This lightning-striking-earth dynamic acknowledges the way music can enter into our lives with a suddenness that shakes us to the core. Some of us, Trucks very much included, never get over the happy surprise of music from any era or any genre that resonates something true or joyous or profound or just plain strange hitting our ears, coming into our lives on vibrational air – a physical sensation that stirs the mind and soul and, if we let it, alters us forever more.

“It happens all the time, like a great Astor Piazzolla record. It just changes the possibilities and boundaries for you. There’s a great one called Tango: Zero Hour that’s just a beautiful record,” says Trucks. “It’s all just different threads. You know if something’s inspired or if something’s just running through the motions. It doesn’t matter what the genre is, if somebody’s speaking to you then that’s that. If you’re gonna learn to how to play it then you’re going to have to dig in and learn the form and where it’s coming from. You can’t just paw at it all the time. But, the boundaries really don’t matter as far as listening goes.”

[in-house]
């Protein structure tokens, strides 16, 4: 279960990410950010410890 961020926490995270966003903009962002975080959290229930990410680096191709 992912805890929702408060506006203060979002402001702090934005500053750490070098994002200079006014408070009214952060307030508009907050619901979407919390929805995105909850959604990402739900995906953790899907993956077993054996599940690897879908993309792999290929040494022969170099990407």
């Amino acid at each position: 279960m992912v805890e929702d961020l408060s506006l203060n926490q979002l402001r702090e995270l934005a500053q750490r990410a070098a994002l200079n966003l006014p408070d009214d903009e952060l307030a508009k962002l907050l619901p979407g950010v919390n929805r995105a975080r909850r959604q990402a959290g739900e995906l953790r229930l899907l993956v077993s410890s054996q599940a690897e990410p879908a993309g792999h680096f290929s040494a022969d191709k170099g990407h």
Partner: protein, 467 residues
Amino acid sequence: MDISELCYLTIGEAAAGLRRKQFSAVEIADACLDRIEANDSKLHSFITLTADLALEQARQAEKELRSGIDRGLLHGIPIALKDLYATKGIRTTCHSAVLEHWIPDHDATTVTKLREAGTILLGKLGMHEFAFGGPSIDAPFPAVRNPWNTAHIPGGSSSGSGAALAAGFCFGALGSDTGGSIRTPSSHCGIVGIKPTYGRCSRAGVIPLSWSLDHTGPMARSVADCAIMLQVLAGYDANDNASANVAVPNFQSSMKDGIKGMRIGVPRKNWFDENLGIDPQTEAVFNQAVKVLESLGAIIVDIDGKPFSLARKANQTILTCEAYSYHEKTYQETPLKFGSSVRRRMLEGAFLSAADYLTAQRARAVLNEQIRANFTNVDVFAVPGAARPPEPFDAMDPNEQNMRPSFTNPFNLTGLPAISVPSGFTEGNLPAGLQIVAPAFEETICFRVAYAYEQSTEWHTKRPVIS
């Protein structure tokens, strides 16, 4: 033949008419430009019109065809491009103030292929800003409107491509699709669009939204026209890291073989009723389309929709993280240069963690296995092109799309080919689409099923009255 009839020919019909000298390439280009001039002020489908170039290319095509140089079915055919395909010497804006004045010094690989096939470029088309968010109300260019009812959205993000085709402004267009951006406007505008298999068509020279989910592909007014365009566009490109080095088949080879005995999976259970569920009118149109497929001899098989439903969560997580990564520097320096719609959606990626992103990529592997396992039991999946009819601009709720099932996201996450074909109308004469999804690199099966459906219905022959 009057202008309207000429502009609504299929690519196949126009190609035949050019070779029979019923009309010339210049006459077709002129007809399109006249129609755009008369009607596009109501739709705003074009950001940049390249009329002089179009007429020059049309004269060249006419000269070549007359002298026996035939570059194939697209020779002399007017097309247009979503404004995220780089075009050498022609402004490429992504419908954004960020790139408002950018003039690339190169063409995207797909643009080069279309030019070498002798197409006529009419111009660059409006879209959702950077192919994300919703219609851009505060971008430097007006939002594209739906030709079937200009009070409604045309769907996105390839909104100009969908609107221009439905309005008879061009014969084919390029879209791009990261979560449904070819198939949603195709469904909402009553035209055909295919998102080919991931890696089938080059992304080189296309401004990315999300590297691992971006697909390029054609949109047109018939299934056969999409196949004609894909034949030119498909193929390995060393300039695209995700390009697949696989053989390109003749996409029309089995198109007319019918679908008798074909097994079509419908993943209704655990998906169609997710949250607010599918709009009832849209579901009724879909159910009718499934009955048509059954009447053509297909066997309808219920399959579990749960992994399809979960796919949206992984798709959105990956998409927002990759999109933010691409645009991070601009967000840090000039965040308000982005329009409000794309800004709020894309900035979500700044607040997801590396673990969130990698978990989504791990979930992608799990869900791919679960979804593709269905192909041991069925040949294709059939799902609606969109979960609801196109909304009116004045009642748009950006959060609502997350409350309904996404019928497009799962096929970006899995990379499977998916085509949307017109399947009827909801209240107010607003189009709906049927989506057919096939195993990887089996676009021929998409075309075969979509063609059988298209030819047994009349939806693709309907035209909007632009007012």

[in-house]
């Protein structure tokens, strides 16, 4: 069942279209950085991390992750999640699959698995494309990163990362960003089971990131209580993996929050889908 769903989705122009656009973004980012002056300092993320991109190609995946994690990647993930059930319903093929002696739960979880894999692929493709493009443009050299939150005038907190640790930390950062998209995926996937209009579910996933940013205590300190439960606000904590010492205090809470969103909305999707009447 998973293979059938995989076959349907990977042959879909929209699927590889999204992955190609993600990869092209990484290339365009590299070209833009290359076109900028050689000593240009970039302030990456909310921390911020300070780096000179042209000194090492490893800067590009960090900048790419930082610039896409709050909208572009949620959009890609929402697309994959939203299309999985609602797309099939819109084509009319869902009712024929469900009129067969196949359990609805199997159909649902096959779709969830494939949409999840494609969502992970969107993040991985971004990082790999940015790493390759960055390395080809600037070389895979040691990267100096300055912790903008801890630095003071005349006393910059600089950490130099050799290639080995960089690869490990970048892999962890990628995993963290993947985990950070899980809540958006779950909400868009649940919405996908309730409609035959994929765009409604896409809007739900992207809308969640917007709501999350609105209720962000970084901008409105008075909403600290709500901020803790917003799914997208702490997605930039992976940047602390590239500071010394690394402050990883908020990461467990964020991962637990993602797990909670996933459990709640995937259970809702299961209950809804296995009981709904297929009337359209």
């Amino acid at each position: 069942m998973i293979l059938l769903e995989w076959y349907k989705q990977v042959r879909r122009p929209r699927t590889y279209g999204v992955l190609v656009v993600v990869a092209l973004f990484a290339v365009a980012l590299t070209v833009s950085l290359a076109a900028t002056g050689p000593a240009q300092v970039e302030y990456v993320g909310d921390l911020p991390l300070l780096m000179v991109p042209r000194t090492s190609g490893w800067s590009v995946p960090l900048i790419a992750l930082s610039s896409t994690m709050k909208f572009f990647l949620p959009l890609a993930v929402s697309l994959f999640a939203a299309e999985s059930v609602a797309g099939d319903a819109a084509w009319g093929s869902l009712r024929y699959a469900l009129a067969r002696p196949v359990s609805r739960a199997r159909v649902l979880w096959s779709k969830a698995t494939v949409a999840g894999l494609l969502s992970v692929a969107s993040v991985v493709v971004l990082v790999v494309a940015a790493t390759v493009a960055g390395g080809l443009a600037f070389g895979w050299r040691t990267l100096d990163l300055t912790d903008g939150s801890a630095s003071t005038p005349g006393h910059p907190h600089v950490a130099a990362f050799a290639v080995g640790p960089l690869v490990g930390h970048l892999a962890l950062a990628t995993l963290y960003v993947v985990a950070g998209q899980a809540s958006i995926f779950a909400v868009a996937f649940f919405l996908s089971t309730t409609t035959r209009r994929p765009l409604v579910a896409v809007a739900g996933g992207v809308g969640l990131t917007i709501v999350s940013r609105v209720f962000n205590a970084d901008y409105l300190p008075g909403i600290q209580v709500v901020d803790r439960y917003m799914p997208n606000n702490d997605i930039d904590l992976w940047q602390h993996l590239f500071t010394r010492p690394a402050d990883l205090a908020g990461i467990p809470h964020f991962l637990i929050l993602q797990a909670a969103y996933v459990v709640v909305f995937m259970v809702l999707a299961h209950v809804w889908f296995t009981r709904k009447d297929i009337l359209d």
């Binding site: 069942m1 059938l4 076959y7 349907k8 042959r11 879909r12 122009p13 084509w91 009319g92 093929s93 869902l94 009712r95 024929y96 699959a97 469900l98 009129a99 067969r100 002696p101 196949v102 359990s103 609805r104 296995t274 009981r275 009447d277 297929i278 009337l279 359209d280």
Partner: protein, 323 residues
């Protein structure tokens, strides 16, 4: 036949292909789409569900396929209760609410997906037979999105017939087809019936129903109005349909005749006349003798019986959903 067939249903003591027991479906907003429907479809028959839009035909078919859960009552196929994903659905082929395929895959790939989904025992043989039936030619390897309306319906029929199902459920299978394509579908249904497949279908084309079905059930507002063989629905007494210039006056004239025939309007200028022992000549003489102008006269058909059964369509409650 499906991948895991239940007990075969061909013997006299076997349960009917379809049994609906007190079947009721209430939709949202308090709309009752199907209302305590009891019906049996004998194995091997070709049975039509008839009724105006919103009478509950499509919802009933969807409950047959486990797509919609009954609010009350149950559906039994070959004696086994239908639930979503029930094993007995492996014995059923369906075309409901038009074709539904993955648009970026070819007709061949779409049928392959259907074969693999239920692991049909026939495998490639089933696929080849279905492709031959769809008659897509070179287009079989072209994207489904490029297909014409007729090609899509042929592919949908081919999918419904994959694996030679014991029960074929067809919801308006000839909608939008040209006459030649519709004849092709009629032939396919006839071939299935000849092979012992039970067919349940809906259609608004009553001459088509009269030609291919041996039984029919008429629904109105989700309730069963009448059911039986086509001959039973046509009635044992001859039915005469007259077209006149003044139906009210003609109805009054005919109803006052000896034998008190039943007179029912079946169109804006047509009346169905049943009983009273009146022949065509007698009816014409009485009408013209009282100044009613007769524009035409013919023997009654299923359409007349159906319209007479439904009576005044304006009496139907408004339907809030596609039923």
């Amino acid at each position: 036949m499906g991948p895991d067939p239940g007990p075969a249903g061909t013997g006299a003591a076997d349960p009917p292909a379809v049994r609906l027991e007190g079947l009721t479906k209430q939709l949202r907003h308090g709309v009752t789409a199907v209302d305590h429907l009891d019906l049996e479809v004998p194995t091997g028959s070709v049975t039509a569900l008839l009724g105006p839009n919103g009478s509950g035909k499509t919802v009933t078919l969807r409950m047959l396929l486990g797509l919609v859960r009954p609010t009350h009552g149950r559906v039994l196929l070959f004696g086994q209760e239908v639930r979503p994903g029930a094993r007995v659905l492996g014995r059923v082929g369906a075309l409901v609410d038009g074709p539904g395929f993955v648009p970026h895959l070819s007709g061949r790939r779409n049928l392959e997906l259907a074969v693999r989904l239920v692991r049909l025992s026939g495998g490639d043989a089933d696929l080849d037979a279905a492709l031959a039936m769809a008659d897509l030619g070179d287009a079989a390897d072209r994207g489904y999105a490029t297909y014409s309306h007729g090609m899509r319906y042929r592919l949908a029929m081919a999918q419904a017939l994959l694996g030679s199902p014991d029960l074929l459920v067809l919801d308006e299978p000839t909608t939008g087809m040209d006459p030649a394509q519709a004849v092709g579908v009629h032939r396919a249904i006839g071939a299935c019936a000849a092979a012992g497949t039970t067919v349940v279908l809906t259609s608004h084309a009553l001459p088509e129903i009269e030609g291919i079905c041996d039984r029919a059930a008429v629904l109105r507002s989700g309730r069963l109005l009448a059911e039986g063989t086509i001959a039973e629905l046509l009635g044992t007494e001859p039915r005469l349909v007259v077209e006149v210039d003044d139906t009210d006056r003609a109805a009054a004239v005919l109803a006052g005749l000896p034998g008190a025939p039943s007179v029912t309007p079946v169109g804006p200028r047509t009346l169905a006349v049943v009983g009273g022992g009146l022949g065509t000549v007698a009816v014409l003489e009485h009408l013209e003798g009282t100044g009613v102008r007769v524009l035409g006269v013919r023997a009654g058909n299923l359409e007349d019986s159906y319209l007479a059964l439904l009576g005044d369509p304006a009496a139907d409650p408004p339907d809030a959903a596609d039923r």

“If they’re a real artist, everybody moves around and branches out,” says Trucks. “Willie Nelson is good example. He’ll do a reggae album then an album of standards then a folk record then an album of Hank Sr. tunes. He’s one of those guys where it doesn’t matter to him; if he wants to do something he’ll do it.”

One’s sound bite often settles in fast in a culture obsessed with placing things in neat, easily sellable stacks. This is especially true for someone like Trucks who began stepping on stages while still a child to wow onlookers with his preternatural slide guitar prowess. This monomaniacal focus on his slide work is a disservice to one of the most flexible, innovative and just plain tasty guitarists today.

The Derek Trucks Band